As has been the case in recent years, the FTC received more complaints about debt collection than any other single industry. (Big shock, I know.)
Specifically, the agency received 140,036 debt collection complaints in 2010, up from 119,609 complaints in 2009. The top three categories of complaints about third-party collectors were:
- Calling repeatedly or continuously;
- Misrepresenting the character, amount, or status of the debt (including demanding a larger payment than is permitted by law); and
- Failing to send consumers a statutorily required written notice about the debt and their rights.
The FTC report also outlines their investigation into the debt buying industry. The timing is kind of ironic given the fact that just today a story hit the news wires about Minnesota Attorney General Lori Swanson suing Midland Funding, LCC.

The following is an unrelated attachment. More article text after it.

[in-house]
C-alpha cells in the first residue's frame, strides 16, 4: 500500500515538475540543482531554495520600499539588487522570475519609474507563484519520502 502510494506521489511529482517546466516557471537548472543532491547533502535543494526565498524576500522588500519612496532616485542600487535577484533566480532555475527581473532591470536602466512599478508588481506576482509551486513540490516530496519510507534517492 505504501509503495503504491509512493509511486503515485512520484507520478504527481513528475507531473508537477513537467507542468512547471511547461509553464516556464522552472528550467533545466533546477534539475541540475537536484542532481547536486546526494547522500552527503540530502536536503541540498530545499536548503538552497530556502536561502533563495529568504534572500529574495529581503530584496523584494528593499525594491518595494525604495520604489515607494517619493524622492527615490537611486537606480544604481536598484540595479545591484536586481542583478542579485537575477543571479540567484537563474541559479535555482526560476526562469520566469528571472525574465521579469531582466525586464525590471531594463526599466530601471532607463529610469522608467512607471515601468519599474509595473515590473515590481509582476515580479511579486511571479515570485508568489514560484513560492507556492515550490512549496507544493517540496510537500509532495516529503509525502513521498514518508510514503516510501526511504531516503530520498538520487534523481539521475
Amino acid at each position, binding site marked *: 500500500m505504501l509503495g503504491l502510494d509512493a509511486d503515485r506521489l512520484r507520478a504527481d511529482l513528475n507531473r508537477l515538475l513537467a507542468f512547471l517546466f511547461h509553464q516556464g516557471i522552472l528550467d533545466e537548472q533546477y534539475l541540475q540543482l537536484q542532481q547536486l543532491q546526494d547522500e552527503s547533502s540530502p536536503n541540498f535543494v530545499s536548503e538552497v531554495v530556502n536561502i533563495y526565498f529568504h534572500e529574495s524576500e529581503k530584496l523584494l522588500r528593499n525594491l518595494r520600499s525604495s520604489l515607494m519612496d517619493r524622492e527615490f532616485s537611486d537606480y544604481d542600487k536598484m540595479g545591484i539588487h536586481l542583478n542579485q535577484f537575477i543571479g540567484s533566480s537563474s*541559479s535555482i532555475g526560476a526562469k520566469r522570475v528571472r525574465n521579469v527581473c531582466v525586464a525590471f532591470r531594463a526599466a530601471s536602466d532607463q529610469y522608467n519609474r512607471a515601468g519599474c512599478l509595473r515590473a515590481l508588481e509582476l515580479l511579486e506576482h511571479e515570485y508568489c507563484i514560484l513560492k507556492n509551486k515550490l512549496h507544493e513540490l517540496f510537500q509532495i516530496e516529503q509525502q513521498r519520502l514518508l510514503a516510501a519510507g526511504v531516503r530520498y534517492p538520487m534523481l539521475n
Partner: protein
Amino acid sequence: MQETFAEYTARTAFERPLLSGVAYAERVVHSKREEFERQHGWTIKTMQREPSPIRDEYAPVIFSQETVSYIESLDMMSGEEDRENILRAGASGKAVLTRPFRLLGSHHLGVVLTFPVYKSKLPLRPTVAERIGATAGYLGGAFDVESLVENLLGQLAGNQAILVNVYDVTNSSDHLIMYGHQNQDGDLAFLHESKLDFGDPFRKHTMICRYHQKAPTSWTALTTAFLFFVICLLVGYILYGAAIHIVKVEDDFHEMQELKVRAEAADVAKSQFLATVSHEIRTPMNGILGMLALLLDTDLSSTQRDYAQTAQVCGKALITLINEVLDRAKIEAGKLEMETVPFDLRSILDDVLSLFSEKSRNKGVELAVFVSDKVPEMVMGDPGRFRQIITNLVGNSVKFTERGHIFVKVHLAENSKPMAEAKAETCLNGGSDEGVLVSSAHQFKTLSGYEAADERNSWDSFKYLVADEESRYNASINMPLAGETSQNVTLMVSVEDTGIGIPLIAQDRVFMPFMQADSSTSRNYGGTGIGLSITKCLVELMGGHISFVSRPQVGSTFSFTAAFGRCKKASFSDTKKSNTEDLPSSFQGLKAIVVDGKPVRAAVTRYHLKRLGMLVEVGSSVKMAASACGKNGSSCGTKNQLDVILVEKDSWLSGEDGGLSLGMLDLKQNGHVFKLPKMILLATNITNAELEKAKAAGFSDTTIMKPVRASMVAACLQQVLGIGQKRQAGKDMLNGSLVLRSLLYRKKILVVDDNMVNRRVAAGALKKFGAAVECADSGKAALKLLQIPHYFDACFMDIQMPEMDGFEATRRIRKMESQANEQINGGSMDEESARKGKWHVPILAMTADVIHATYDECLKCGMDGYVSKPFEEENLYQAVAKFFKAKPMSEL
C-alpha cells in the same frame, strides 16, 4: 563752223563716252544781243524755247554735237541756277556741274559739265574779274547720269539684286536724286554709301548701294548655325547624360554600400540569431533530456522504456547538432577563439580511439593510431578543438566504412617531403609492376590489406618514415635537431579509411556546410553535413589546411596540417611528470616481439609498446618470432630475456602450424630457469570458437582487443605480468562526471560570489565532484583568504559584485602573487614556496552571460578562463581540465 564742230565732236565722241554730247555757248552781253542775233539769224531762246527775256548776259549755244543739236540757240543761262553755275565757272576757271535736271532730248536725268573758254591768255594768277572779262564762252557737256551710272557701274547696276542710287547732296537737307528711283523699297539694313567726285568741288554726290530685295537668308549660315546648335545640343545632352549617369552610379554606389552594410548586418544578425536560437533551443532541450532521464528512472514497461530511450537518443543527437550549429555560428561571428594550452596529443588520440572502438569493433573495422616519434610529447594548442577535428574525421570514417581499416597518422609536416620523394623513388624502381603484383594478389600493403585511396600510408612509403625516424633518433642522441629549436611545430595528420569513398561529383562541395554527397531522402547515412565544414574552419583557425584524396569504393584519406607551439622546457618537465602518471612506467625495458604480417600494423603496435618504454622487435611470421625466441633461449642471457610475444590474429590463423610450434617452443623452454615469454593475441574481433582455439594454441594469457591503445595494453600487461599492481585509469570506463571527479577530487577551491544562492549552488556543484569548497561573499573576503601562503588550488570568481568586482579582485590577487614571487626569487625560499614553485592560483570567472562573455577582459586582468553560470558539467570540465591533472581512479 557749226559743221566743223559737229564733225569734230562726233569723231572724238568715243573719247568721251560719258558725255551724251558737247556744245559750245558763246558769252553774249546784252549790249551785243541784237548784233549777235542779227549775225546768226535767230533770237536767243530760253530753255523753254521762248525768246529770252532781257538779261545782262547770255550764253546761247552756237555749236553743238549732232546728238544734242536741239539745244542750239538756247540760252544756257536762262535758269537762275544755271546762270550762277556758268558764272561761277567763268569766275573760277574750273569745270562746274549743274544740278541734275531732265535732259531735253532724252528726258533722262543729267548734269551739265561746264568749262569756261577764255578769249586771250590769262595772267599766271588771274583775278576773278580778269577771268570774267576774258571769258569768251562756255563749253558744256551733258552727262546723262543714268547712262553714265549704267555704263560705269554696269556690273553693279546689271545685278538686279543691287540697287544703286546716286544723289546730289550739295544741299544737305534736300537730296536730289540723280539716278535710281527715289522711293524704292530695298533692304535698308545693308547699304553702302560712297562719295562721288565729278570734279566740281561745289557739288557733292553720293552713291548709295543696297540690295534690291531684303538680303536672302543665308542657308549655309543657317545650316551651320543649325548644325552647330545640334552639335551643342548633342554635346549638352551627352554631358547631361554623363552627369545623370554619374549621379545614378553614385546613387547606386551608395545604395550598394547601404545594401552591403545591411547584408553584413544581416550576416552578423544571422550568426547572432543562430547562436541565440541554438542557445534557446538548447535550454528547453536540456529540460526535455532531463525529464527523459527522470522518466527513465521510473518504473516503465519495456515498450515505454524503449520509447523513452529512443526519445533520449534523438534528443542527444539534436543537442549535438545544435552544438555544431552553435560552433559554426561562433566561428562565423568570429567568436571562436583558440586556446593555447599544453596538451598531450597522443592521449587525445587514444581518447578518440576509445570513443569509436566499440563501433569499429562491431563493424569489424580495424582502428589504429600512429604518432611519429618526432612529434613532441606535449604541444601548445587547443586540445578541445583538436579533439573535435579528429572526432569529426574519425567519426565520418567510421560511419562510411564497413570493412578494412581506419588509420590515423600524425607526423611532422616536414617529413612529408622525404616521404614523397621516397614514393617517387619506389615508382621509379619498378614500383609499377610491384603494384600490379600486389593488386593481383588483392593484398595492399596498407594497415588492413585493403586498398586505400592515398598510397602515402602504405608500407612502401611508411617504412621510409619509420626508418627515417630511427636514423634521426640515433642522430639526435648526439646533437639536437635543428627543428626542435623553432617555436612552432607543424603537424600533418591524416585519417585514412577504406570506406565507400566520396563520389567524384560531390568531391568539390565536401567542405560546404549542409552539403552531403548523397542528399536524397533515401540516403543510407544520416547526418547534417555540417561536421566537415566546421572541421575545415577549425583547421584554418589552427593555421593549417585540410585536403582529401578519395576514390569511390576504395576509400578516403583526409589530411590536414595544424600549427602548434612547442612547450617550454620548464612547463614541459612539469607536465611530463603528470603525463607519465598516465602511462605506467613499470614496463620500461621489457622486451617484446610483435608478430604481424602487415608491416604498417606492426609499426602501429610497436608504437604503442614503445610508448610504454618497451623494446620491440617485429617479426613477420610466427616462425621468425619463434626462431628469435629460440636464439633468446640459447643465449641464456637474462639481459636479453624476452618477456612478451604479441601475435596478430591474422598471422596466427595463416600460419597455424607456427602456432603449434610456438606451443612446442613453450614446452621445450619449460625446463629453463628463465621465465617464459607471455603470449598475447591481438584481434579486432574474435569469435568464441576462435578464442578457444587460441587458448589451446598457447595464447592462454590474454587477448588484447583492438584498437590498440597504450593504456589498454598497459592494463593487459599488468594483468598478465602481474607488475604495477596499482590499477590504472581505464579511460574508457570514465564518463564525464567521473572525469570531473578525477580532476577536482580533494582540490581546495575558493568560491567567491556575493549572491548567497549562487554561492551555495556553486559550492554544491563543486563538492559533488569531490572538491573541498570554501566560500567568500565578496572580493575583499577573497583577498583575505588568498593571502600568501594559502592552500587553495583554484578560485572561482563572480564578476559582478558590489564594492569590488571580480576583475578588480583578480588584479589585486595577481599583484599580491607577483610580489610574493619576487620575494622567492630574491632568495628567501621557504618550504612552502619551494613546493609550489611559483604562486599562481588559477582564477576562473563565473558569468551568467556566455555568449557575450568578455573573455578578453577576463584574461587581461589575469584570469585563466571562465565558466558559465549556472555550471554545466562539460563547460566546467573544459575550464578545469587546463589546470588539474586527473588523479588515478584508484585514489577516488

The basis of Ms. Swanson’s lawsuit is that it claims that Midland Funding “robo-signed” (sound familiar?) affidavits that resulted in lawsuits being filed against consumers for debts that often could not be substantiated. Sometimes Midland supposedly filed suit against innocent consumers whose names were similar to the people that allegedly owed the money.
To read the full story about the Midland Funding situation up in Minnesota, here’s the link:
Back to the FTC report real quick …
Here’s a video from the FTC describing your rights as a consumer against debt collectors. Before I watched this video I thought it was going to be a typical bland video that doesn’t really offer any useful info, but I have to say I was pleasantly surprised. It was actually pretty good.
Check it out: